40 years of Audi five-cylinder engines: the sound of fury (still) continues…

1983: five-cylinder engine triumphant in rallying: In the 1983 Corsica Rally, Audi competes for the first time with the Audi quattro A2, Group B. Its 2.1-liter turbocharged five-cylinder inline engine produces 265 kW (360 hp) at 6,500 revolutions per minute and delivers 450 newton meters (331.90 lb-ft) of torque at 4,000 rpm. At the end of the season, the Finn Hannu Mikkola wins the drivers’ title in this car. One year later, the Swede Stig Blomqvist replicates this success: he becomes world rally champion, while Audi wins the manufacturers’ world rally championship for the second time after 1982.
1983: five-cylinder engine triumphant in rallying:
In the 1983 Corsica Rally, Audi competes for the first time with the Audi quattro A2, Group B. Its 2.1-liter turbocharged five-cylinder inline engine produces 265 kW (360 hp) at 6,500 revolutions per minute and delivers 450 newton meters (331.90 lb-ft) of torque at 4,000 rpm. At the end of the season, the Finn Hannu Mikkola wins the drivers’ title in this car. One year later, the Swede Stig Blomqvist replicates this success: he becomes world rally champion, while Audi wins the manufacturers’ world rally championship for the second time after 1982.

Every car enthusiast has this sound ringing in its ears. The roaring sound of the high revving rally engine, the raw 5 cylinder staccato when the combustion efficiency bites above 4000 rpm, the growl, the flames in the exhaust, the “pop” explosions on gearchanges, we all know it. It is the symphony of Vorsprung durch Technik, and indeed, it has been going on for decades now.

1978: five-cylinder carbureted engine: In April 1978, the five-cylinder carbureted version with an output of 85 kW (115 hp) replaces the basic twoliter four-cylinder version in the Audi 100 (C2). The new 1.9-liter unit produces maximum power at 5,400 revs and delivers 154 newton meters (113.58 lb-ft) of torque to the crankshaft at 3,700 rpm. The engine is used in the Audi 100 5 (C2), the Audi 80 CD (B2), the Audi Coupé GT 5S (B2) and in the Audi 100 (C3).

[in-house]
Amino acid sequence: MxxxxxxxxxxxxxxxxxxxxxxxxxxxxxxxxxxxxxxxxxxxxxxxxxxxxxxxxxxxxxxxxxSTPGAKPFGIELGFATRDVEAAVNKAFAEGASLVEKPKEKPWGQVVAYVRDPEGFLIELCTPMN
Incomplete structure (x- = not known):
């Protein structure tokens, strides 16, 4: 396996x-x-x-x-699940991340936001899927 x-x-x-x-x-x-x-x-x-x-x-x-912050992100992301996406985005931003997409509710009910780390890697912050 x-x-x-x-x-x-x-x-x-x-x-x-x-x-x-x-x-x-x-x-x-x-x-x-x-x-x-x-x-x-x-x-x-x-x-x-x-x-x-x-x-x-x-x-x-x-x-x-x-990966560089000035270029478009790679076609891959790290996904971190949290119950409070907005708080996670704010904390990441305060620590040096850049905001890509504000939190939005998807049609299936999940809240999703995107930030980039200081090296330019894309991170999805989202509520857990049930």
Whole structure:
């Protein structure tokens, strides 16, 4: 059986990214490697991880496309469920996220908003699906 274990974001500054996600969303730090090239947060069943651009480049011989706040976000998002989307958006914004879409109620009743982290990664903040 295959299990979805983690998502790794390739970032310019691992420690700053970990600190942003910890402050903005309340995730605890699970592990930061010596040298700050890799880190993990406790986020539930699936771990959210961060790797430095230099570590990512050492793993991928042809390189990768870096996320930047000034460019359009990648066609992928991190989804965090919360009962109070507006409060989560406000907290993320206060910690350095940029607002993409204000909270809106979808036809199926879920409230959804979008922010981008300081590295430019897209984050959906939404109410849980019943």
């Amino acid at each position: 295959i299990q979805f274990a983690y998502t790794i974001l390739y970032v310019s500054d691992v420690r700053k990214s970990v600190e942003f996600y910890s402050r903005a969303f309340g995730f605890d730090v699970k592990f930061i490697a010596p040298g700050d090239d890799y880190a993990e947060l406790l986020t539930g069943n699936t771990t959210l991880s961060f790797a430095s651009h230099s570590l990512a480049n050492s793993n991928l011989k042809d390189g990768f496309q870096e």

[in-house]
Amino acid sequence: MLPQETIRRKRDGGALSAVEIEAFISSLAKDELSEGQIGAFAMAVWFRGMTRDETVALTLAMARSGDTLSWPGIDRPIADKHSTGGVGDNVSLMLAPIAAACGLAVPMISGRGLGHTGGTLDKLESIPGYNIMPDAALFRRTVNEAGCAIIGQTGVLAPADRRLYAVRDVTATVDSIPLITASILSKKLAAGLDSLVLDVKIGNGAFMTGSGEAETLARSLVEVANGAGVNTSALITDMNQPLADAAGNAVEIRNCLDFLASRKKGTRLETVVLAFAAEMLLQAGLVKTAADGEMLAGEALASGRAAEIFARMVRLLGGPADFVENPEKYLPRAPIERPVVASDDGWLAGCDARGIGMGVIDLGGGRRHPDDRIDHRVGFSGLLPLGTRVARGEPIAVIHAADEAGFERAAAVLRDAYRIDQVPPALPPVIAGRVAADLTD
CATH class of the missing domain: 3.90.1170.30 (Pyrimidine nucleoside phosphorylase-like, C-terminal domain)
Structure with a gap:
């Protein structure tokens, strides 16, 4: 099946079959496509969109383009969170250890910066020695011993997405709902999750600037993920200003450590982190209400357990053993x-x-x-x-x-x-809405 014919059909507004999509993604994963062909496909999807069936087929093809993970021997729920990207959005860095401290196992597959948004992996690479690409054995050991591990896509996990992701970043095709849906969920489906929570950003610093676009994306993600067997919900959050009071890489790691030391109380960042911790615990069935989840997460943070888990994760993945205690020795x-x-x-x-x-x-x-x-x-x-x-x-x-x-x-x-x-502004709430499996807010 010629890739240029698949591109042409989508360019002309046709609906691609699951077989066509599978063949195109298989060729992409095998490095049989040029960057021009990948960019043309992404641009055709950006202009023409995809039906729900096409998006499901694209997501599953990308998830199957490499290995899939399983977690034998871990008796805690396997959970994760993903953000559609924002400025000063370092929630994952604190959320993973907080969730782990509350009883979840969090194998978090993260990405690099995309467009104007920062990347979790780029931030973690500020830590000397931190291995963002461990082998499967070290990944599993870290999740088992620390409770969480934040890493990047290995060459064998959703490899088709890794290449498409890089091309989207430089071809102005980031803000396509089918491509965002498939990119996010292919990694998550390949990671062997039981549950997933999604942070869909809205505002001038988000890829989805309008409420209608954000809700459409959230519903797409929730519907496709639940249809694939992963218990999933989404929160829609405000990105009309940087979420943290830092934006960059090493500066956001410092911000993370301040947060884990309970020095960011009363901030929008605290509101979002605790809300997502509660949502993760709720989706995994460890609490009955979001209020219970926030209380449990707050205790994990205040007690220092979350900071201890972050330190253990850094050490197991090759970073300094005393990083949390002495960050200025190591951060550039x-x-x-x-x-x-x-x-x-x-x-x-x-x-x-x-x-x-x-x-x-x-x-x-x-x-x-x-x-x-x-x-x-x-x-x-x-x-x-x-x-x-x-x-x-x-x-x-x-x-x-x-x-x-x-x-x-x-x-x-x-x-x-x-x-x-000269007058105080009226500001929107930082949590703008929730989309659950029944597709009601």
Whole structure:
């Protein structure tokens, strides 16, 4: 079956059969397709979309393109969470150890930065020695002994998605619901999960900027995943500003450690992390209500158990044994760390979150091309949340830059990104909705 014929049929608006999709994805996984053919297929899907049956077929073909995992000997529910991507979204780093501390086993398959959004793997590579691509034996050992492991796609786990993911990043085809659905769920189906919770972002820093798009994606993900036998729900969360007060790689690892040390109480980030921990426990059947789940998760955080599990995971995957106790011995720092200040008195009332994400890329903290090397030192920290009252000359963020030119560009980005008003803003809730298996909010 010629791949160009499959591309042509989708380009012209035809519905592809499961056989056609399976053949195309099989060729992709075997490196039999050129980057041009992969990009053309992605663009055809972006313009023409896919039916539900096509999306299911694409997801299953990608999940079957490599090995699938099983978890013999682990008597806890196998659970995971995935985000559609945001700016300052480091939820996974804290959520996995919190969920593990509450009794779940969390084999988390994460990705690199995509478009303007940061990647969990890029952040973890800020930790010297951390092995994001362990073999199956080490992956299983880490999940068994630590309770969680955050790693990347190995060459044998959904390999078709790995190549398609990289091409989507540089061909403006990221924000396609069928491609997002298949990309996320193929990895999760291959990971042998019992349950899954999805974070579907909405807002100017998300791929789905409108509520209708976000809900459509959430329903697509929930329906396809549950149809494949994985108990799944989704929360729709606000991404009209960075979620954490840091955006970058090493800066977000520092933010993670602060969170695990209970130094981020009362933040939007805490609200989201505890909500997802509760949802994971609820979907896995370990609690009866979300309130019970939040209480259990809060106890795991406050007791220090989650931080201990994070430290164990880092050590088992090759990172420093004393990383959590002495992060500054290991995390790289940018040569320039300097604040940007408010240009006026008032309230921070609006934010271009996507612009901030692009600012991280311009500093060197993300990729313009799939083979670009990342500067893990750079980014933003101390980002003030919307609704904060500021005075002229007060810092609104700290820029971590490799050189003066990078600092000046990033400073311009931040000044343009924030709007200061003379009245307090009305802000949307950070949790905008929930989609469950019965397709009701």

1978: five-cylinder carbureted engine:
In April 1978, the five-cylinder carbureted version with an output of 85 kW (115 hp) replaces the basic twoliter four-cylinder version in the Audi 100 (C2). The new 1.9-liter unit produces maximum power at 5,400 revs and delivers 154 newton meters (113.58 lb-ft) of torque to the crankshaft at 3,700 rpm. The engine is used in the Audi 100 5 (C2), the Audi 80 CD (B2), the Audi Coupé GT 5S (B2) and in the Audi 100 (C3).

It brings also sweet memories to your servant, when as a young journalist I sat behind the wheel of the 80 Quattro saloon, with this 5 cylinder engine roaring under his right foot. It is all magic. And indeed, here, it calls for a small celebration in these columns.

Hans Knol ten Bensel

1976: World premiere of the first Audi five-cylinder gasoline engine
1976: World premiere of the first Audi five-cylinder gasoline engine

It all started out of necessity. No room for six cylinders. No room for extra weight for the impressive, but efficient Audi. So the designers went for five. It was in 1976. The second generation Audi 100 was a car, built with state of the art solutions for lightness. Also for the engine. But it was also understood that superb performance was to be immediately achieved for the top Audi. And this was done, with this first petrol engine developing not less than 136 HP. In fact, the unit was based on the new EA 827 engine concept. This four-cylinder inline engine was used throughout the VW Group in the 1970s – in the Audi 80 and the lesser powered versions of the Audi 100, for instance. The derived 2.1-liter five-cylinder engine produced 100 kW (136 hp). A modern injection system increased efficiency and power development. Delivery of the Audi 100 5E began in March 1977. And the triumphal story begins…

1976: first five-cylinder gasoline engine in the automotive industry: In August 1976, Audi introduces the second-generation Audi 100 (C2) in Luxembourg. For the first time, power is provided by a five-cylinder gasoline engine in a model from the brand with the four rings. The fuel-injected engine with a displacement of 2,144 cc develops 110 kW (136 hp) at 5,700 revolutions per minute. The maximum torque of 185 newton meters (136.45 lb-ft) is available at 4,200 rpm. The market launch of the Audi 100 (C2) follows in March 1977. From September 1979, the five-cylinder engine is also available in the Audi 200; from August 1982, it is fitted in the successor to the C2, the Audi 100 C3.
1976: first five-cylinder gasoline engine in the automotive industry: